Investigators continue digging for clues in Glendora woman’s 1978 disappearance


Sheriff’s and coroner’s investigators embarked on a second day of digging in a Glendora backyard Thursday as they continued searching for clues in the missing person case of a 24-year-old woman who vanished without a trace in 1978.
Sheriff’s Homicide detectives and a coroner’s Special Operations Team joined Glendora police in the search, which began about 8 a.m. Wednesday in the 500 block of Essex Street, Deputy Kim Manatt said in a statement.
They were seeking information about the disappearance of Wendy Susan Byron, a former resident of the home who was last seen in Glendora on Aug. 26, 1978 , according to the California Department of Justice.
The disappearance was considered “suspicious,” Lt. Holly Francisco of the Los Angeles County Sheriff’s Homicide Bureau said. “Why does a 24-year-old just disappear.”
“Nothing’s been found at this point,” Francisco said Thursday morning, adding that the current homeowners have been “highly cooperative” with the investigators.
Officials worked through the day until sundown Wednesday, and resumed their dig Thursday morning.
The case was reopened as Glendora police were going through cold case in recent weeks, Francisco said.
After determining the department had exhausted its investigative avenues, the case was turned over to sheriff’s officials about two weeks ago, the lieutenant added.
The search on Essex Street was simply follow up on that investigation, and not the result of a new clue which directed detectives back to the missing woman’s former home, Francisco said.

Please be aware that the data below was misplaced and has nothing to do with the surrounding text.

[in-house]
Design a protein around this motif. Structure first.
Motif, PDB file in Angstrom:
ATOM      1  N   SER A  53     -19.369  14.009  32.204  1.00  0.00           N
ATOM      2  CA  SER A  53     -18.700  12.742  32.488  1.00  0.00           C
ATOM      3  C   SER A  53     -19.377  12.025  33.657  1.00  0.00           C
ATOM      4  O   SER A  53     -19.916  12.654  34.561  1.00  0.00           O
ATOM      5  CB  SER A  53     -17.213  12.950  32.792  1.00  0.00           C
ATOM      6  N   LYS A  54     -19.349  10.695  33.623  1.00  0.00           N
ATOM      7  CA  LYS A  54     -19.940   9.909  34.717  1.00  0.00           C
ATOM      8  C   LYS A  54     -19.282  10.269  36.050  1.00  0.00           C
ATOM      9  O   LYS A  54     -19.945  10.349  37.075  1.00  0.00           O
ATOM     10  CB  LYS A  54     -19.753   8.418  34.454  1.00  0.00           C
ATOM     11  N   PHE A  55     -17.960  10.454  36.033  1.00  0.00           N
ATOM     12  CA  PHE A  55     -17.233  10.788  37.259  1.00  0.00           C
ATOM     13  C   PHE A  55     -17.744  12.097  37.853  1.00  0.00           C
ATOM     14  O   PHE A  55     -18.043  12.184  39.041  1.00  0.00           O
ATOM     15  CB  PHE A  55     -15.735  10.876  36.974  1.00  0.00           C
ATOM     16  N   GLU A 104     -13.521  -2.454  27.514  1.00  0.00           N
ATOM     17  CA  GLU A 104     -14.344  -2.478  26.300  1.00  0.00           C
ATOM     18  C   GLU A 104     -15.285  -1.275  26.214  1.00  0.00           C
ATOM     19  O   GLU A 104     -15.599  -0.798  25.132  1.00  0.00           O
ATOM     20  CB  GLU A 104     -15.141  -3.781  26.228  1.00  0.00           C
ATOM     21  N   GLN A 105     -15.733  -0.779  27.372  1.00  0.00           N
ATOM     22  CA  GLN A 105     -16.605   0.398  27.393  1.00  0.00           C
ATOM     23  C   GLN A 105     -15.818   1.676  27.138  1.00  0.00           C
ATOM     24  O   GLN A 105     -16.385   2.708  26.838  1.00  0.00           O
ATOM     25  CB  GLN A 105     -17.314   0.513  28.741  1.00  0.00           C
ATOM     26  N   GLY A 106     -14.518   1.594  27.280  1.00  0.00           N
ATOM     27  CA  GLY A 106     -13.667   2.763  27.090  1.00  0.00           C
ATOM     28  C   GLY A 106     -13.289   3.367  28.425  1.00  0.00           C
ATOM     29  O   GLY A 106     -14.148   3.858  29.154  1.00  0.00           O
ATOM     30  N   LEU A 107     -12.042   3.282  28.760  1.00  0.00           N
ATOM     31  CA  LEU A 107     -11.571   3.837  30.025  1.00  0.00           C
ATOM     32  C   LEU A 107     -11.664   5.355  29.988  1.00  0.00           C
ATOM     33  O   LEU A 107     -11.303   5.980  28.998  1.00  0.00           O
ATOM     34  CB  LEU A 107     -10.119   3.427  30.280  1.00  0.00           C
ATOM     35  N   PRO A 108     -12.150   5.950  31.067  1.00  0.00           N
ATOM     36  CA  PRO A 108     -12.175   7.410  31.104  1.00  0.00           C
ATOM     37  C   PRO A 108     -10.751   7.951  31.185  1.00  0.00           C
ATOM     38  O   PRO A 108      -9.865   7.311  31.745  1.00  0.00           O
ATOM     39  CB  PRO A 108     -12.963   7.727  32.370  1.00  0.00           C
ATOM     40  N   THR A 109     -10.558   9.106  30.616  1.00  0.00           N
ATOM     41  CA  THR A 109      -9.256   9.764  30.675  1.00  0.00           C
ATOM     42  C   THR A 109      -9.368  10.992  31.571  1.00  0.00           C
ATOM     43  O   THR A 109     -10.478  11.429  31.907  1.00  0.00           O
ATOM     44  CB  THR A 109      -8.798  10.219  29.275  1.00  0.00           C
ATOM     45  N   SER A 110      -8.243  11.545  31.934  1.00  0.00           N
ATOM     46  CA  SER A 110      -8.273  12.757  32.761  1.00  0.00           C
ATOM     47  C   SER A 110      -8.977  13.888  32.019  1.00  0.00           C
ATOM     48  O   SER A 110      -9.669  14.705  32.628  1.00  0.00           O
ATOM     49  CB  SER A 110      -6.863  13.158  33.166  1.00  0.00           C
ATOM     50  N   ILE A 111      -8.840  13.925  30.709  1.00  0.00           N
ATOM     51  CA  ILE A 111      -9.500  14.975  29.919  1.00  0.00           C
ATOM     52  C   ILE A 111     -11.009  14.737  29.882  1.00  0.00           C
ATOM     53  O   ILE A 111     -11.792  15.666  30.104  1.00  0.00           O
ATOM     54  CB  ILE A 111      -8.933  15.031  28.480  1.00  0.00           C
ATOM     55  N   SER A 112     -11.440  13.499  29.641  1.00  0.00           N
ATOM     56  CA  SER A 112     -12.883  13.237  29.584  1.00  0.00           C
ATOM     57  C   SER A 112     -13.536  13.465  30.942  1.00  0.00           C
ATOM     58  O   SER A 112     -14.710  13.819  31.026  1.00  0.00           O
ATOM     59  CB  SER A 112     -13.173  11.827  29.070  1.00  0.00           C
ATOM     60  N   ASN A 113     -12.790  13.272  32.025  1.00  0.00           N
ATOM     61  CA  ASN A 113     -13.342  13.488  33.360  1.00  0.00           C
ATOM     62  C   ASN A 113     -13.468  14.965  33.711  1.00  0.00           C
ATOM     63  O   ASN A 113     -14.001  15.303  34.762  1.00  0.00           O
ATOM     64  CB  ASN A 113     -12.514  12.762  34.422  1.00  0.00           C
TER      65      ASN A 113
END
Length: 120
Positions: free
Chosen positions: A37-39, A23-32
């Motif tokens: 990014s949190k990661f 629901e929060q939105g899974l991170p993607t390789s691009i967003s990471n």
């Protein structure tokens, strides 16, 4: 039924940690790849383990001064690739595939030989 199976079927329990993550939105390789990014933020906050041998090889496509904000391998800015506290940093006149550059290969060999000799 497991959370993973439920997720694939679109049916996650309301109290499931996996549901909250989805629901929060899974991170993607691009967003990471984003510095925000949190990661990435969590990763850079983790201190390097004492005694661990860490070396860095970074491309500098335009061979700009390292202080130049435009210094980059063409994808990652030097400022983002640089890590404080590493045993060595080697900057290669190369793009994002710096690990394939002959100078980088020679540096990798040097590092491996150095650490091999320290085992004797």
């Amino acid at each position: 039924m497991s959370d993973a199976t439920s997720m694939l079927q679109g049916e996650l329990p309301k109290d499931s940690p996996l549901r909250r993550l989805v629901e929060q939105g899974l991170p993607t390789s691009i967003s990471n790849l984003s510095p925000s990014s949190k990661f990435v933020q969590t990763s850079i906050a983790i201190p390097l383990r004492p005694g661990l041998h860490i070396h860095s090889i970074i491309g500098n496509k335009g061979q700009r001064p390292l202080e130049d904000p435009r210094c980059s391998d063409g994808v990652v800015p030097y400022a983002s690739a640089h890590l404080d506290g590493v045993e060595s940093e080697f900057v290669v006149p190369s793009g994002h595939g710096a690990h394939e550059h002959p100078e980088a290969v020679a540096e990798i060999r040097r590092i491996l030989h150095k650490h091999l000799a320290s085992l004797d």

“No new piece of evidence popped up in the past two weeks,” she said.
Investigators hoped advances in technology might help them unearth clues that were not found during the original investigation.
“Thirty-five years ago, obviously, they didn’t have the equipment and technology we have today,” Francisco said.
Officials Wednesday used ground penetrating radar to get a glimpse beneath the soil.
“There was an anomaly,” Francisco said. “They can’t say what it was. It could be a rock.”
Officials had not yet unearthed the anomalous object Thursday.
The search focused on a patch of the northeast corner of the backyard about 12 feet by 12 feet across, Francisco said. She declined to discuss what led investigators to focus their attention there.
Coroner’s officials completed digging “spot holes” in the excavation area Thursday morning, and investigators were waiting on a backhoe to begin peeling away layers of the ground, down to about 3 feet in depth, Francisco said.
Cadaver dogs from the Los Angeles County Department of Coroner were also used in the search Wednesday and Thursday, Francisco added, though their ability to detect any potential human remains after such a long period of time was uncertain.
The case has remained classified as a “suspicious missing person” investigation, and authorities had not confirmed foul play.
Shortly after her disappearance, Byron’s car was later found at Ontario International Airport, according to the NamUs and Doe network national missing persons databases.
Byron and her husband used to live at the Essex Street home. The husband couldn’t be reached for comment Thursday.
The name Robert G. Byron appears in deed documents on the Essex Street house until May 1994. World Savings & Loans bought the property the next month. It was sold two more times.
As officials continued their work Thursday morning, a small group of neighbors gathered to talk.
One said she had lived in the neighborhood since 1975, but declined to comment further.
A woman who lives next door described the current residents as “a very nice couple.”

– Brian Day and Ruby Gonzales

PHOTO of Wendy Byron courtesy of the California Department of Justice.

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